In 1998, Oni press started publishing novelist Greg Rucka‘s first attempt at writing comics. This was, it turned out, the beginning of a leap forward in Rucka’s career: while he was fairly successful and respected as a novelist, he was tremendously well-received in the comics field. Since then, Rucka has written known characters for Marvel and mostly DC, has invented at least three new series (Gotham Central and Queen & Country being the most prominent), and has received three Eisner and one Harvey awards. He is considered one of the most important voices in contemporary mainstream comics.
Ten years later, reading Whiteout, which was first collected into a trade paperback only in 2007, one can see why.
Carrie Stetko is the U.S. Marshall to America’s largest base of operations on the continent of Antarctica – McMurdo base. She’s not generally a happy person, but down at the bottom of the world, in what’s known to the few local inhabitants as “the ice”, she’s as happy as she’s likely to get. And then someone has to go and commit a murder on her turf.
Stetko, bulldog like, sinks her teeth into the case, initially with very little success but much attitude. As things progress, they also deteriorate: teamed up, against both of their wills, with English spook Lily Sharpe, they face an increasing body count from a faceless foe in a fur hat. Stetko, on the edge of the world, is forced to relive old memories and re-evaluate her allegiances.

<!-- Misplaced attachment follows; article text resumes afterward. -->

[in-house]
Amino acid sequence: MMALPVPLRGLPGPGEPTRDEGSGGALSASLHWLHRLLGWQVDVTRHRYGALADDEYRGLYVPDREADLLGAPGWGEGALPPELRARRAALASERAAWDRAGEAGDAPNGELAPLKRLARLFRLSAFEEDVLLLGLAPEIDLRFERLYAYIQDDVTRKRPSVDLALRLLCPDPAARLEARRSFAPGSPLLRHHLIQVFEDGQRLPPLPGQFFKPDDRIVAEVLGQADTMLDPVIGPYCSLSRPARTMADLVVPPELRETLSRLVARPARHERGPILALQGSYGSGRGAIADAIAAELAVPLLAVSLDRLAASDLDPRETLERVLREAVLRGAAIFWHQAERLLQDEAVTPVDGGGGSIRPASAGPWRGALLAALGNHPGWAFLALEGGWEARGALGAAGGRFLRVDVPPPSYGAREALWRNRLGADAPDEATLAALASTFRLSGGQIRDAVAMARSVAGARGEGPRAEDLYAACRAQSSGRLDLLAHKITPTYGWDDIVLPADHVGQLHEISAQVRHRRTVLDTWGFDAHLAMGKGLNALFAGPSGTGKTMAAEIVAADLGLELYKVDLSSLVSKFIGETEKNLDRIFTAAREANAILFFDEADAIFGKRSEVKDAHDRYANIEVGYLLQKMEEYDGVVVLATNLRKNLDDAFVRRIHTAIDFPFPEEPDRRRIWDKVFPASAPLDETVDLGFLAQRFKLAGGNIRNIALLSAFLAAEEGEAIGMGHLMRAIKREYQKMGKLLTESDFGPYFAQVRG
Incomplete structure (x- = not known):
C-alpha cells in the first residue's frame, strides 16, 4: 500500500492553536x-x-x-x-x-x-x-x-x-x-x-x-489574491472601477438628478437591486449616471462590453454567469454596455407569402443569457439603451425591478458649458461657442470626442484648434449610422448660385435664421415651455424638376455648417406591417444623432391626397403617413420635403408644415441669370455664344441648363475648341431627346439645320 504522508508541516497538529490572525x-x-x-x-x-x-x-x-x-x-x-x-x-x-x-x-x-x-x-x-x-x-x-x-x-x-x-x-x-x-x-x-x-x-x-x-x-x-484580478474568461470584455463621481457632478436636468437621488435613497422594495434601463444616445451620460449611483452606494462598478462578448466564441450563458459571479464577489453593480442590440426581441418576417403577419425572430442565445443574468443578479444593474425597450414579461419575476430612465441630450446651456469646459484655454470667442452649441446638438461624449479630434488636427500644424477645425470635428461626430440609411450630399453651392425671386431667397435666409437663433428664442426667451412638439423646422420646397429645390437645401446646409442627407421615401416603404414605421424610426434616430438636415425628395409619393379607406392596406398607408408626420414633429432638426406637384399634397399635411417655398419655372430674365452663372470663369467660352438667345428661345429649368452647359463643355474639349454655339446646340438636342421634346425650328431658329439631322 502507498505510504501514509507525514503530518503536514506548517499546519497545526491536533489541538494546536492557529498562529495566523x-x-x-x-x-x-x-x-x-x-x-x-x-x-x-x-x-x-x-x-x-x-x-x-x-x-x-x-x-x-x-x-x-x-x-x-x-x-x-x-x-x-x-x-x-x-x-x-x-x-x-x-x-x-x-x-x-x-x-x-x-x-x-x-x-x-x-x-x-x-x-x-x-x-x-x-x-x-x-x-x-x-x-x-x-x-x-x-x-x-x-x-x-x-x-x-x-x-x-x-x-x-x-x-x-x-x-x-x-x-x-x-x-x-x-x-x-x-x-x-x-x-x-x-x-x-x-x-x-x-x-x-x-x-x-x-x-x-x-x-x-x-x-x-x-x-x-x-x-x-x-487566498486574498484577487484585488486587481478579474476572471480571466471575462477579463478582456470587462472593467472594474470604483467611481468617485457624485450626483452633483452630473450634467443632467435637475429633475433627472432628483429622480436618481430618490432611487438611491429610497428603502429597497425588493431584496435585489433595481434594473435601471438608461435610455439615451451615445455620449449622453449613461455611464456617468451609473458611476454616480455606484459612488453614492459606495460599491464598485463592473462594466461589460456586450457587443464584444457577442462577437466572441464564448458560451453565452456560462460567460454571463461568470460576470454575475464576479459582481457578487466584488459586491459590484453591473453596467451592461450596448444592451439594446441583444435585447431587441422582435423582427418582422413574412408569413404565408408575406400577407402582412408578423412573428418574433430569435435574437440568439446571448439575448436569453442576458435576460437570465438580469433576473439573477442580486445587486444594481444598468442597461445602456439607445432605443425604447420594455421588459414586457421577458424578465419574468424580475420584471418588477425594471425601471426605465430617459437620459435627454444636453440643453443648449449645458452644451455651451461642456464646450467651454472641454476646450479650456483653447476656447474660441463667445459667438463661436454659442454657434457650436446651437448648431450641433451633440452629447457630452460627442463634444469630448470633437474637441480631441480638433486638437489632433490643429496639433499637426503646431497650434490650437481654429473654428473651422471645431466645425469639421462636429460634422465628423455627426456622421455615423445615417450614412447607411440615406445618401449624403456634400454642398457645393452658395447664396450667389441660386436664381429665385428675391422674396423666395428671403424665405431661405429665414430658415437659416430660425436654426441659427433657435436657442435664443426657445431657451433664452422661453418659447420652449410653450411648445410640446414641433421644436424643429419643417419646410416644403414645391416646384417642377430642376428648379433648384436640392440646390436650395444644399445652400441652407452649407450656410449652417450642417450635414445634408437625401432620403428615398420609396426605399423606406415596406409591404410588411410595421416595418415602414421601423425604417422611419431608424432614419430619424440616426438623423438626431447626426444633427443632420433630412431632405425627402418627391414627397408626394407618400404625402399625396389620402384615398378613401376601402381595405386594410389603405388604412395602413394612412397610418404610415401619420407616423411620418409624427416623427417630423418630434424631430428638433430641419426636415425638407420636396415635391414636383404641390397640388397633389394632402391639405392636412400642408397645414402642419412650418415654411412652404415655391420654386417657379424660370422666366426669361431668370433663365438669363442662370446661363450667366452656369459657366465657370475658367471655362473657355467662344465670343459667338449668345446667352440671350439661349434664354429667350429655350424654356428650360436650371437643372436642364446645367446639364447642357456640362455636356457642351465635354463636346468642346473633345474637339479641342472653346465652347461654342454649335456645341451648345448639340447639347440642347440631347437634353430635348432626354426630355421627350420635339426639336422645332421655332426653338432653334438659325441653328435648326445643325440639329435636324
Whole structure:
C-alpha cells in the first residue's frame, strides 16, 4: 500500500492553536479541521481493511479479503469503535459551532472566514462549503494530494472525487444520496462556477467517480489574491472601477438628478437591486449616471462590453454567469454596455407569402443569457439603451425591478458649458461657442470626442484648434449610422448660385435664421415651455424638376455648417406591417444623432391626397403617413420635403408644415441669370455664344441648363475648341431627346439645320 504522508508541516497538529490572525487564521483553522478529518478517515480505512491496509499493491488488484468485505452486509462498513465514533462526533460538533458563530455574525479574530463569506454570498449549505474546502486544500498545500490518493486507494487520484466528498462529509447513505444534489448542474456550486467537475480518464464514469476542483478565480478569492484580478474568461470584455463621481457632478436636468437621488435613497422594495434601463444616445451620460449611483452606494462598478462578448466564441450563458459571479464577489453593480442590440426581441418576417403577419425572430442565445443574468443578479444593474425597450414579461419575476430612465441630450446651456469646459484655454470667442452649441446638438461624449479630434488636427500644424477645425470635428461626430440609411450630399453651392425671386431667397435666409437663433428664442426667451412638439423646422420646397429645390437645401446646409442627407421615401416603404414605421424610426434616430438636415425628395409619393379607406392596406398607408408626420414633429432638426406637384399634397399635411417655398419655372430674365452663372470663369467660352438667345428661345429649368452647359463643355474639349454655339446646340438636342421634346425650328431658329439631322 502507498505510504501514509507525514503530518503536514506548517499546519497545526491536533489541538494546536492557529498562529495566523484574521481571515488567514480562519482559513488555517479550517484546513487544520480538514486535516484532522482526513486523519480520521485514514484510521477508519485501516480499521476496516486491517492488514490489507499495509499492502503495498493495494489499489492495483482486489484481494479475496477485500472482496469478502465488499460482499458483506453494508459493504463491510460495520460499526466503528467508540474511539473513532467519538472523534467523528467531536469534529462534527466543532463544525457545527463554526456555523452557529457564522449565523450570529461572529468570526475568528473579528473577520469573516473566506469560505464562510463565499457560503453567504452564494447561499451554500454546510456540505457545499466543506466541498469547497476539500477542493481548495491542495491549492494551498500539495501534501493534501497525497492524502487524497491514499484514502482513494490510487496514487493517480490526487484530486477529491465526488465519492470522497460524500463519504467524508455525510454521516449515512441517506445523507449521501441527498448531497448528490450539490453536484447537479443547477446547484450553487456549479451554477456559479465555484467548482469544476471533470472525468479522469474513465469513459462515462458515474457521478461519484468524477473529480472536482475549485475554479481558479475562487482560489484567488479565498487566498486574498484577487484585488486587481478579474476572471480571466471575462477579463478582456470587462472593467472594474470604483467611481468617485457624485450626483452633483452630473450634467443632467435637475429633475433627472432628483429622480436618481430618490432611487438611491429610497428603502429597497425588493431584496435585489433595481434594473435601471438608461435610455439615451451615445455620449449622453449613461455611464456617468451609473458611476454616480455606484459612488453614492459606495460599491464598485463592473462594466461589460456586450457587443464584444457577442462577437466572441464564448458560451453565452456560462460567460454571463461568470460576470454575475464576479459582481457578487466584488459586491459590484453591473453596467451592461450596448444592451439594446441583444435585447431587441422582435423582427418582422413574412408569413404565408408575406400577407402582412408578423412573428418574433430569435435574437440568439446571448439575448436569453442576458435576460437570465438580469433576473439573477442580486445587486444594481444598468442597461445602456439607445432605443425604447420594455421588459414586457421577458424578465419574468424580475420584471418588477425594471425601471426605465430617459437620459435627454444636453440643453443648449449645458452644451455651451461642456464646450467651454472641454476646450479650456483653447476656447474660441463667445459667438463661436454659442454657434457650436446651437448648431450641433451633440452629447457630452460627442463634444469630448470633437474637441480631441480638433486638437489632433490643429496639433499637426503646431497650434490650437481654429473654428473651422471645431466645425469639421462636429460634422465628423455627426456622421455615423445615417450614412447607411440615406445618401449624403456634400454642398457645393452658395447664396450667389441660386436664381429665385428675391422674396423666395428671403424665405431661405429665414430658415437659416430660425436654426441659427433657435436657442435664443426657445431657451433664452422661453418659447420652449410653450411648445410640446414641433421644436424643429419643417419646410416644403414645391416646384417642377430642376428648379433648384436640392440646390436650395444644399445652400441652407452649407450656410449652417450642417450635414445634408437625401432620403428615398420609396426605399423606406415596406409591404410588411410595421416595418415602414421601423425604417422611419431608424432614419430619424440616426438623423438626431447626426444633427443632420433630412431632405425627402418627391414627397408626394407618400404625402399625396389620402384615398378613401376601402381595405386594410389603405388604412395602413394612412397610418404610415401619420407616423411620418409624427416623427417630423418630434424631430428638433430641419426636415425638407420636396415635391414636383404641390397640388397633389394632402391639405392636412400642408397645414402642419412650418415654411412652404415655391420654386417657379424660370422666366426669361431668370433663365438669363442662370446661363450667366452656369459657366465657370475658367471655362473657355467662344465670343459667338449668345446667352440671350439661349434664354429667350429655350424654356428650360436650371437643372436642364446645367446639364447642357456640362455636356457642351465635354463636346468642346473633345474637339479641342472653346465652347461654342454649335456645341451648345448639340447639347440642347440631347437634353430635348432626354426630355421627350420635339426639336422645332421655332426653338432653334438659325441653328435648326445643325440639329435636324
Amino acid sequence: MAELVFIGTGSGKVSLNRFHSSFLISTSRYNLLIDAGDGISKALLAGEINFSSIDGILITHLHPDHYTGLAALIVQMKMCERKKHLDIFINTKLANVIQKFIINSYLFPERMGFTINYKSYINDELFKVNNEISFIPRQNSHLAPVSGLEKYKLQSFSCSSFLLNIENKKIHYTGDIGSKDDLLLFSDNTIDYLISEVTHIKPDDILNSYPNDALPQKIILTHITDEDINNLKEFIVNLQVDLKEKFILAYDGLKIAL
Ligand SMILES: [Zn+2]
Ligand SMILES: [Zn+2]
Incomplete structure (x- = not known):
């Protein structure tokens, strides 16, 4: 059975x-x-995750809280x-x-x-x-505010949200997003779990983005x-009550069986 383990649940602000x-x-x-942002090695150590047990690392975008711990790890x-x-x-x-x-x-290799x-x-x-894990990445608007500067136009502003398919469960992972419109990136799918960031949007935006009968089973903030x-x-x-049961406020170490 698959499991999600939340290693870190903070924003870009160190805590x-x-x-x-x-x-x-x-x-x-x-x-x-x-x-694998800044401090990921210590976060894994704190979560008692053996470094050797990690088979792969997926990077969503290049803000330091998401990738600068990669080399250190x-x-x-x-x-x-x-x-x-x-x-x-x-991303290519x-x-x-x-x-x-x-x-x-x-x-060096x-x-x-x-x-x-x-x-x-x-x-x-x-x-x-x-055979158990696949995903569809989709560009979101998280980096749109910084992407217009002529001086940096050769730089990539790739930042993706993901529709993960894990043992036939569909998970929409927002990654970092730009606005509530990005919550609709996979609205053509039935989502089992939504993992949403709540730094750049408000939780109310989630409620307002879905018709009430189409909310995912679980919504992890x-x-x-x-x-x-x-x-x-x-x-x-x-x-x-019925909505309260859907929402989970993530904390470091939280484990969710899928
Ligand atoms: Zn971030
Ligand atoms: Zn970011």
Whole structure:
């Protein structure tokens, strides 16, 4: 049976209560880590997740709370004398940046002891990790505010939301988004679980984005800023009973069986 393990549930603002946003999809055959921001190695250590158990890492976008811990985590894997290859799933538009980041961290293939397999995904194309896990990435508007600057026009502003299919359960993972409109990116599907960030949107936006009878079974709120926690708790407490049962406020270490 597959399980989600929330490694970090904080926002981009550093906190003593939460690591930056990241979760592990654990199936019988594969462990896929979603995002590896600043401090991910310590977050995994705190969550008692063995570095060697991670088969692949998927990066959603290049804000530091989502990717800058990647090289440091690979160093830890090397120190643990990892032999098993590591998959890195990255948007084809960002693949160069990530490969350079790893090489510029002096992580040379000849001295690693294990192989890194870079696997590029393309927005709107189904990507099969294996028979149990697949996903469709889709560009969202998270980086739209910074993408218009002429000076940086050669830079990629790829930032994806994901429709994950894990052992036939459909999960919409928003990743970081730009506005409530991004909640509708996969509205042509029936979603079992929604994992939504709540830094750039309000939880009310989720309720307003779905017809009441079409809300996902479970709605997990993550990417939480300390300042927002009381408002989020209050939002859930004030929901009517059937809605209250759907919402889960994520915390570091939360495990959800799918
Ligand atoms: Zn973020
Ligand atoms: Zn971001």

Rucka delivers a solid detective story. While not groundbreaking, it is certainly a well-crafted Whodunit, keeping the suspense up without losing credibility. It is, however, Rucka’s attention to detail that makes this a winner: his solid research on Antarctica, crisp and reliable dialogue, and believable characters. While the heroine is indubitably Stetko – and what a memorable, no-nonsense, tragic character she is – the supporting cast all make sense and are not left behind.
Rucka, however, didn’t achieve all of this on his own. His partner, artist Steve Lieber, is responsible for everything but the words – pencils, inks, lettering, it’s all Lieber. Here, again, there’s nothing groundbreaking – the paneling is very standard, the art straightforward without slipping into excessive realism. But, again, the attention to detail shines through: the way his snow looks when one falls into it is quite different than the way it looks when blown by 300 km/h winds; the McMurdo buildings look right; and the human body reacts properly when bent in odd-angles by an angry U.S. Marshall. More than this, though: Lieber’s cold, sterile, wind-swept Antarctica is as fresh and liberating as it is deadly, and one can see what Stetko finds in it and why she cringes from the hot, crowded, messy company of other humans.
Whiteout hasn’t reinvented comics, nor does it really stretch the boundaries of the genre – any genre. But it is a work without flaw, pristine and beautiful, and that is certainly enough.